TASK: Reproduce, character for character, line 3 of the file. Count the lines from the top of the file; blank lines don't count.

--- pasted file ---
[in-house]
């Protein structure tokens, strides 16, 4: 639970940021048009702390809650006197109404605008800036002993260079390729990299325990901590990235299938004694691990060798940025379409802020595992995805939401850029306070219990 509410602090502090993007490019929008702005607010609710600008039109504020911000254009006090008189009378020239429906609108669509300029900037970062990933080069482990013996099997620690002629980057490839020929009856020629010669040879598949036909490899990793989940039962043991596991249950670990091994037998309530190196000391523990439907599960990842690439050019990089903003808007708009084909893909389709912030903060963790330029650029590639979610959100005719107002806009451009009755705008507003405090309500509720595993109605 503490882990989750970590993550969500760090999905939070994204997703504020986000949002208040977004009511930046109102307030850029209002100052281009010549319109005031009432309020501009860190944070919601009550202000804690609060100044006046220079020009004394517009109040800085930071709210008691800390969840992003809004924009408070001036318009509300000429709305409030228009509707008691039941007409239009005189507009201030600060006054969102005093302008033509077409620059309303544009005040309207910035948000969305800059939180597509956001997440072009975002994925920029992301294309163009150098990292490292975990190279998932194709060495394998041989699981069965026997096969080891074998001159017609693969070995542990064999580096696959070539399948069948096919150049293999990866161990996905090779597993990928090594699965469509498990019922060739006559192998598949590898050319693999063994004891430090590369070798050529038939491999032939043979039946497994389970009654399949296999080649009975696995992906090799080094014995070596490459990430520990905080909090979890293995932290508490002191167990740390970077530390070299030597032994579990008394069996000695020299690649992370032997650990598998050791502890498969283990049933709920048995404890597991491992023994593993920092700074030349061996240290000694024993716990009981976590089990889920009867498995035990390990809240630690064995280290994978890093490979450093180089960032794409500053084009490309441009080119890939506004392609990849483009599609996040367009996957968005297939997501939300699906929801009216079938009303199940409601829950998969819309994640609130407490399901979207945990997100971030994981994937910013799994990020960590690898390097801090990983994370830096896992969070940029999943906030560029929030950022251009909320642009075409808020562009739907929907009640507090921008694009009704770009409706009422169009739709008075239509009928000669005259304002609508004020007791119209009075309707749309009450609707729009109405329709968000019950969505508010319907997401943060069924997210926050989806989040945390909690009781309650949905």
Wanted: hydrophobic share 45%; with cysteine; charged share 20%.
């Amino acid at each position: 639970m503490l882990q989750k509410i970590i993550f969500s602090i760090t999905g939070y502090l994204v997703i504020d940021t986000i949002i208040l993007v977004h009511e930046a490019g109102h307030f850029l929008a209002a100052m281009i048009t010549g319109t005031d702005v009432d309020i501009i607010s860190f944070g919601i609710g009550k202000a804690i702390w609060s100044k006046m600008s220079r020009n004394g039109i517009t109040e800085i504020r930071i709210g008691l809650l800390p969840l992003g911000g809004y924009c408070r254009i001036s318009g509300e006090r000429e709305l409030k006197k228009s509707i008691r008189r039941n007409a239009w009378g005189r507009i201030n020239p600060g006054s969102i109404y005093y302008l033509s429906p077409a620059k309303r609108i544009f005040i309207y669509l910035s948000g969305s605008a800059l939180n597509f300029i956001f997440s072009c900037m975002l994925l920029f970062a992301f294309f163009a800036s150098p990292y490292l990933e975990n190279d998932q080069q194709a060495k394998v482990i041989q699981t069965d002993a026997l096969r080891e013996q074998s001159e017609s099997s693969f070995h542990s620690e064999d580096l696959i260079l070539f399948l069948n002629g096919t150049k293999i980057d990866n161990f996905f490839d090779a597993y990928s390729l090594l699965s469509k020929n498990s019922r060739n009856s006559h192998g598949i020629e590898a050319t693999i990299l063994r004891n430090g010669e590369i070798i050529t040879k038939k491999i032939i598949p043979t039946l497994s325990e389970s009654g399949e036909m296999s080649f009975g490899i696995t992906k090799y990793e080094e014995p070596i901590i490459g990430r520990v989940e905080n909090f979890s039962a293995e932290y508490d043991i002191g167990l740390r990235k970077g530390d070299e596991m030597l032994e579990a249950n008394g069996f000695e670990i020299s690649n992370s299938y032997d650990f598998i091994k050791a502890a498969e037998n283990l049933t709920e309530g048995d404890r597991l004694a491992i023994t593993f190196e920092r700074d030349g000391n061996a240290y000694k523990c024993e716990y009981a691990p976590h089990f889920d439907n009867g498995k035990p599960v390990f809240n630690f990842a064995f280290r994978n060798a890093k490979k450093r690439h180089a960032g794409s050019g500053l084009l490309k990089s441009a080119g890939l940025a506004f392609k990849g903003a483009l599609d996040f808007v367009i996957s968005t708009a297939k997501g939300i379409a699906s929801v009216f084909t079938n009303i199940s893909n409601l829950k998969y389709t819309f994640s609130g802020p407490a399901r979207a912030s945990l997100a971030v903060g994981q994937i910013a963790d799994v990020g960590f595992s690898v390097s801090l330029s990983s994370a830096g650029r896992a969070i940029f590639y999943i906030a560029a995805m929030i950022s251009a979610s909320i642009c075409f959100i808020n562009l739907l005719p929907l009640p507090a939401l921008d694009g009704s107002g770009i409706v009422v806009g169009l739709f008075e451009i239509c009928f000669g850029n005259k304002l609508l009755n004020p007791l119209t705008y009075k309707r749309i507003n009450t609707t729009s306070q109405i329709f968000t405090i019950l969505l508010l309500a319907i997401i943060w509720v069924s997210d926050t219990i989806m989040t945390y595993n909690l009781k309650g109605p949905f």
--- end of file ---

Wanted: hydrophobic share 45%; with cysteine; charged share 20%.